Matter of Davis v BedardAnnotate this Case
Decided and Entered: May 24, 2018
[*1]In the Matter of RAMAL DAVIS, Petitioner,
COREY BEDARD, as Acting Director of Special Housing and Inmate Disciplinary Programs, Respondent.
Calendar Date: April 3, 2018
Before: Garry, P.J., Lynch, Devine, Mulvey and Aarons, JJ.
Ramal Davis, Attica, petitioner pro se.
Barbara D. Underwood, Attorney General, Albany (Frank Brady of counsel), for respondent.
MEMORANDUM AND JUDGMENT
Proceeding pursuant to CPLR article 78 (transferred to this Court by order of the Supreme Court, entered in Albany County) to review a determination of the Commissioner of Corrections and Community Supervision finding petitioner guilty of violating certain prison disciplinary rules.
Petitioner informed a sergeant within the facility that he could not locate his state-issued razor. The razor was not found following searches by petitioner and a correction officer, and petitioner was charged in a misbehavior report with property damage or loss. Following a tier III disciplinary hearing, petitioner was found guilty as charged. That determination was affirmed on administrative appeal, and this CPLR article 78 proceeding ensued.
Preliminarily, the proceeding was properly transferred to this Court as the petition raised an issue of substantial evidence, but petitioner has abandoned such issue by not raising it in his brief (see Matter of Bonnemere v Annucci, 153 AD3d 983, 984 ; Matter of Ayers v Venettozzi, 142 AD3d 1204, 1205 n 1 ). Turning to petitioner's procedural claims, although the hearing transcript contains inaudible portions, the gaps are not so substantial or significant as to preclude meaningful review of the procedural arguments advanced by petitioner (see Matter of Legeros v Annucci, 147 AD3d 1175, 1176 ; Matter of Torres v New York State Dept. of Corr. & Community Supervision, 130 AD3d 1122, 1122-1123 ).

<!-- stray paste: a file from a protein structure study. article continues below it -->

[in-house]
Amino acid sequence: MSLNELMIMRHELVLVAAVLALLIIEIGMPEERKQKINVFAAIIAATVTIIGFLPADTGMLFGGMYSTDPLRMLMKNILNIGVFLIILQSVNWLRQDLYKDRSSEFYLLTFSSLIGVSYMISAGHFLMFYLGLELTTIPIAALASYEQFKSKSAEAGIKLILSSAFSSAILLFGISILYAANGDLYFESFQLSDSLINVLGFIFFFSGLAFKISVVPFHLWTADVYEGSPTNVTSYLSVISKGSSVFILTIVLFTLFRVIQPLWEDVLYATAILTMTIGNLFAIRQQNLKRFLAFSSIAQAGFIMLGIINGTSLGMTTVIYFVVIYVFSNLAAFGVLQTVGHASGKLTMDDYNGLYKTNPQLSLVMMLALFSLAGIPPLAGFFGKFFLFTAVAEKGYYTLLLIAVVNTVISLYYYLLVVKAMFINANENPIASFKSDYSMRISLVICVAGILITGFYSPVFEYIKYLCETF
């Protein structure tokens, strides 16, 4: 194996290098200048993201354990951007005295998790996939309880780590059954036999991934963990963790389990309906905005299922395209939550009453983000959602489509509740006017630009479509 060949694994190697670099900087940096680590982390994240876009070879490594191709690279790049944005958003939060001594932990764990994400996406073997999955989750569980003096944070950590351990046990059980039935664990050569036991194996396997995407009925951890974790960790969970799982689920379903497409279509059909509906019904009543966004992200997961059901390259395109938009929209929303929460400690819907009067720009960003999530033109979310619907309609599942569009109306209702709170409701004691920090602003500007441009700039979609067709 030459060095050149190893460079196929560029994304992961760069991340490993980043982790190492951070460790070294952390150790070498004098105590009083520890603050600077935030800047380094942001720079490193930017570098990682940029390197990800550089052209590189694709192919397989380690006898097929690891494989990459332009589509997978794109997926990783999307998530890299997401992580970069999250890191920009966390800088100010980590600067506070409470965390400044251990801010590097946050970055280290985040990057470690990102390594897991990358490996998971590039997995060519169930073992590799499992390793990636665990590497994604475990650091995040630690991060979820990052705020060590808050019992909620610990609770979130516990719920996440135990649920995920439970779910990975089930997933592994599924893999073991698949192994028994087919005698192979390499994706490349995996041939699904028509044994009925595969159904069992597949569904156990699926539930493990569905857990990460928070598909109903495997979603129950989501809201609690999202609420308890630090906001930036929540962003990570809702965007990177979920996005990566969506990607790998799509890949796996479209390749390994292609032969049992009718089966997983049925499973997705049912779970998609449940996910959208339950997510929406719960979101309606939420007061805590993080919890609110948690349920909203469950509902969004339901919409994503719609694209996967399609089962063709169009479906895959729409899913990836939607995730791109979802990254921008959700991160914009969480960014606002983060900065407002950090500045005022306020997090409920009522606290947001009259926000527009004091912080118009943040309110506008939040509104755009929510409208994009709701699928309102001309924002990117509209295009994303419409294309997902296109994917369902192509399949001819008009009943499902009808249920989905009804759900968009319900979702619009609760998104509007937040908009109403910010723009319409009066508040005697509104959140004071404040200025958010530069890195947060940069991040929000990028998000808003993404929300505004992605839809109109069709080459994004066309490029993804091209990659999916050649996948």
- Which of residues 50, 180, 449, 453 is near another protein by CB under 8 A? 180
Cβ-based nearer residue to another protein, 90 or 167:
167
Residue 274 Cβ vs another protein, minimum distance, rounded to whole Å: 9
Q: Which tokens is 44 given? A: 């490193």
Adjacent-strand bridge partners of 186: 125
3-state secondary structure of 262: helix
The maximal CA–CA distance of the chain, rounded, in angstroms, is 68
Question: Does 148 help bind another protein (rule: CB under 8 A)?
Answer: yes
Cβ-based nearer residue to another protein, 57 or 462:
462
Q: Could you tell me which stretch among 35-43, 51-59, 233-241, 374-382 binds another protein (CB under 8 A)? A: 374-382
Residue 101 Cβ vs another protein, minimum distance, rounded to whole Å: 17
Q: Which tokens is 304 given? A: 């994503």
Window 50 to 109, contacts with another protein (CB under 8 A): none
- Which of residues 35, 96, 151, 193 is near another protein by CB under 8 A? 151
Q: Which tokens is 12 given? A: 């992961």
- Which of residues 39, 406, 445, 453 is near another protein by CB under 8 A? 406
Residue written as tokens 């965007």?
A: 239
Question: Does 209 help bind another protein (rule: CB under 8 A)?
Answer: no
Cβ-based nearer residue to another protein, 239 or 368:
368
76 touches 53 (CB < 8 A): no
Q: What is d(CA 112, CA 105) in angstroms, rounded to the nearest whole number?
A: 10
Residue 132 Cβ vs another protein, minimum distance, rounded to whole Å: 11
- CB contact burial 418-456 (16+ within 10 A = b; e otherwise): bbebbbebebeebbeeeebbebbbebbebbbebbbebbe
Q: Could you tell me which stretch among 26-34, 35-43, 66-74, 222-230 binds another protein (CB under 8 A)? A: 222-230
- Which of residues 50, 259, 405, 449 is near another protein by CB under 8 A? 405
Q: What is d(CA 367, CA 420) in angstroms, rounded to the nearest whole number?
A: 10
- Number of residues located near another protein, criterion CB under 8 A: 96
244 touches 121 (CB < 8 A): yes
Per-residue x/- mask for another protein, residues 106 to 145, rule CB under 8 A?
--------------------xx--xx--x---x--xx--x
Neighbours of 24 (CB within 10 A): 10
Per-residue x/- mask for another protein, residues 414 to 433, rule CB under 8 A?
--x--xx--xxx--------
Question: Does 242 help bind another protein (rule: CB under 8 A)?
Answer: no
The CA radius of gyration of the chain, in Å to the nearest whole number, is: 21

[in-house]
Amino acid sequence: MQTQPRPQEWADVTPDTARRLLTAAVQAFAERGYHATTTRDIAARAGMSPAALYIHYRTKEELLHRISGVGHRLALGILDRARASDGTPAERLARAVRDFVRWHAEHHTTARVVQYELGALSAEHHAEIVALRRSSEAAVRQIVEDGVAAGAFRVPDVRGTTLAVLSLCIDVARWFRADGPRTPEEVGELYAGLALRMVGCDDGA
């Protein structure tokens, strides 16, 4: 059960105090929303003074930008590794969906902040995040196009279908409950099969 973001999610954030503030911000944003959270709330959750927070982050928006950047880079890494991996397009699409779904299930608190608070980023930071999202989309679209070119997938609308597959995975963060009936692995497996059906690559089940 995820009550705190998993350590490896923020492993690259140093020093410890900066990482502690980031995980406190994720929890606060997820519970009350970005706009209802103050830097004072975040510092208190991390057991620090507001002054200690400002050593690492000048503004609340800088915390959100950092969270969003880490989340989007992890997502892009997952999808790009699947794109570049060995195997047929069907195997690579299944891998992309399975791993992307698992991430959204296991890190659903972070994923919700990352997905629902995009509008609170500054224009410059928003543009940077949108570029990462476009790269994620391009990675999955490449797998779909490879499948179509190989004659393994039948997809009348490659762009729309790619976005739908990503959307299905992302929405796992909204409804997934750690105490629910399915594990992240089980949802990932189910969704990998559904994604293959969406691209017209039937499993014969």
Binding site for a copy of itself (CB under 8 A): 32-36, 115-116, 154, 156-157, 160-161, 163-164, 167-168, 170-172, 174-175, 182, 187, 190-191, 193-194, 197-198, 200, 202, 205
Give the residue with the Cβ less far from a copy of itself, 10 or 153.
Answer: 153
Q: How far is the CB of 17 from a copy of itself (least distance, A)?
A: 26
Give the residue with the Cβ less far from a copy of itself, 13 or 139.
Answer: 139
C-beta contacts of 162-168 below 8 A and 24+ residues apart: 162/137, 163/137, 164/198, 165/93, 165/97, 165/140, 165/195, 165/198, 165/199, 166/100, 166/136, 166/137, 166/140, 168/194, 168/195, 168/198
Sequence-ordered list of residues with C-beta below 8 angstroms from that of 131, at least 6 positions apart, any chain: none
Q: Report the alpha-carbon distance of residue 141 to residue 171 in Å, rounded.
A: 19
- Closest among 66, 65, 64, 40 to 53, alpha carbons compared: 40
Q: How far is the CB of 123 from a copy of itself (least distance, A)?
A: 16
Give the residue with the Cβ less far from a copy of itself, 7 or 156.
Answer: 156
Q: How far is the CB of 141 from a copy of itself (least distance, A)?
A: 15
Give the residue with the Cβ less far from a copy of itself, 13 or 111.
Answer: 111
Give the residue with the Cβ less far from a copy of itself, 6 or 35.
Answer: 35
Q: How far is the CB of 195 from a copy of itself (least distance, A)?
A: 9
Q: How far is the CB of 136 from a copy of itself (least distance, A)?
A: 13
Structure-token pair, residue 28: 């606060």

Petitioner also claims that he was improperly denied access to Department of [*2]Corrections and Community Supervision Directive Nos. 2948 and 4004, relating to, respectively, unusual incident reports and reporting loss of issued items. The record demonstrates that Directive No. 4004 was irrelevant in that no unusual incident report was created, and Directive No. 2948 pertains only to employees and not petitioner. There was therefore no prejudicial error in the refusal of the Hearing Officer to produce the directives (see Matter of McIver v Goord, 37 AD3d 943, 945 ; Matter of Miller v Goord, 2 AD3d 928, 930 ). Finally, to the extent that petitioner asserts that the Hearing Officer was biased, our review of the record establishes that the determination of guilt flowed from the evidence presented and not from any alleged bias (see Matter of Bonnemere v Annucci, 153 AD3d at 984; Matter of Fletcher v Goord, 16 AD3d 731, 732-733 ). Petitioner's remaining contentions, to the extent that they are preserved for our review, have been considered and found to be without merit.
Garry, P.J., Lynch, Devine, Mulvey and Aarons, JJ., concur.
ADJUDGED that the determination is confirmed, without costs, and petition dismissed.